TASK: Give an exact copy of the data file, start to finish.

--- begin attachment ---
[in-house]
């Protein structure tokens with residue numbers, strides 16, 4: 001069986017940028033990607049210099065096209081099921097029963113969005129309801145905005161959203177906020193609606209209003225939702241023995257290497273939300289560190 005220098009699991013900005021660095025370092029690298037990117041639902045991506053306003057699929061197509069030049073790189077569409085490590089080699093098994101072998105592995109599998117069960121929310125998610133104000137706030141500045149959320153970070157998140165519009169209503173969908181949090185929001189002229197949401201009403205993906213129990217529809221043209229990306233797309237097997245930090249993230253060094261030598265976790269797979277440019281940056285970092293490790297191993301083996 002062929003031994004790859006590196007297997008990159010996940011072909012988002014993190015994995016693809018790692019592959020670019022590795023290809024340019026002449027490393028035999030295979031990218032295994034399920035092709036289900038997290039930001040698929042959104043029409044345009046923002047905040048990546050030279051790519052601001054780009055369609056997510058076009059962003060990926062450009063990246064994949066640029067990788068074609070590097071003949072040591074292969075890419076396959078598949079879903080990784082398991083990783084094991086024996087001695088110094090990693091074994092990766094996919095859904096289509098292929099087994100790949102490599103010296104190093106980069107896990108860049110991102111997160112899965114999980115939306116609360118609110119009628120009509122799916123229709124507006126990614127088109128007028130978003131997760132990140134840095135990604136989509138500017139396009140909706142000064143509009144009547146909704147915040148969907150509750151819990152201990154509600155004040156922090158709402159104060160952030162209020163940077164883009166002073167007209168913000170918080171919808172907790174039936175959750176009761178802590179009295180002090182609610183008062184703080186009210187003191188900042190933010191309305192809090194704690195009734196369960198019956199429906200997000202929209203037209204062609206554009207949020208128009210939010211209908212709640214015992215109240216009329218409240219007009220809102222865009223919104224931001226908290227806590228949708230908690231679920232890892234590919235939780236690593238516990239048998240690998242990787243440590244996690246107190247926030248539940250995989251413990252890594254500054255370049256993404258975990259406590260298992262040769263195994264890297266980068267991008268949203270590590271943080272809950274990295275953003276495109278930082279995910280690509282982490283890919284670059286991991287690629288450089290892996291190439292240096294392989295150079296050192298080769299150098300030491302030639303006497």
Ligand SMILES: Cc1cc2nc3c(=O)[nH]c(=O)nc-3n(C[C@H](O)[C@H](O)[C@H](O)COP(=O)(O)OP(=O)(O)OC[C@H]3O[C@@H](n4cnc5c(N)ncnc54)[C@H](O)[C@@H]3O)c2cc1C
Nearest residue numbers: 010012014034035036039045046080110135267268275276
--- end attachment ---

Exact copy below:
[in-house]
């Protein structure tokens with residue numbers, strides 16, 4: 001069986017940028033990607049210099065096209081099921097029963113969005129309801145905005161959203177906020193609606209209003225939702241023995257290497273939300289560190 005220098009699991013900005021660095025370092029690298037990117041639902045991506053306003057699929061197509069030049073790189077569409085490590089080699093098994101072998105592995109599998117069960121929310125998610133104000137706030141500045149959320153970070157998140165519009169209503173969908181949090185929001189002229197949401201009403205993906213129990217529809221043209229990306233797309237097997245930090249993230253060094261030598265976790269797979277440019281940056285970092293490790297191993301083996 002062929003031994004790859006590196007297997008990159010996940011072909012988002014993190015994995016693809018790692019592959020670019022590795023290809024340019026002449027490393028035999030295979031990218032295994034399920035092709036289900038997290039930001040698929042959104043029409044345009046923002047905040048990546050030279051790519052601001054780009055369609056997510058076009059962003060990926062450009063990246064994949066640029067990788068074609070590097071003949072040591074292969075890419076396959078598949079879903080990784082398991083990783084094991086024996087001695088110094090990693091074994092990766094996919095859904096289509098292929099087994100790949102490599103010296104190093106980069107896990108860049110991102111997160112899965114999980115939306116609360118609110119009628120009509122799916123229709124507006126990614127088109128007028130978003131997760132990140134840095135990604136989509138500017139396009140909706142000064143509009144009547146909704147915040148969907150509750151819990152201990154509600155004040156922090158709402159104060160952030162209020163940077164883009166002073167007209168913000170918080171919808172907790174039936175959750176009761178802590179009295180002090182609610183008062184703080186009210187003191188900042190933010191309305192809090194704690195009734196369960198019956199429906200997000202929209203037209204062609206554009207949020208128009210939010211209908212709640214015992215109240216009329218409240219007009220809102222865009223919104224931001226908290227806590228949708230908690231679920232890892234590919235939780236690593238516990239048998240690998242990787243440590244996690246107190247926030248539940250995989251413990252890594254500054255370049256993404258975990259406590260298992262040769263195994264890297266980068267991008268949203270590590271943080272809950274990295275953003276495109278930082279995910280690509282982490283890919284670059286991991287690629288450089290892996291190439292240096294392989295150079296050192298080769299150098300030491302030639303006497």
Ligand SMILES: Cc1cc2nc3c(=O)[nH]c(=O)nc-3n(C[C@H](O)[C@H](O)[C@H](O)COP(=O)(O)OP(=O)(O)OC[C@H]3O[C@@H](n4cnc5c(N)ncnc54)[C@H](O)[C@@H]3O)c2cc1C
Nearest residue numbers: 010012014034035036039045046080110135267268275276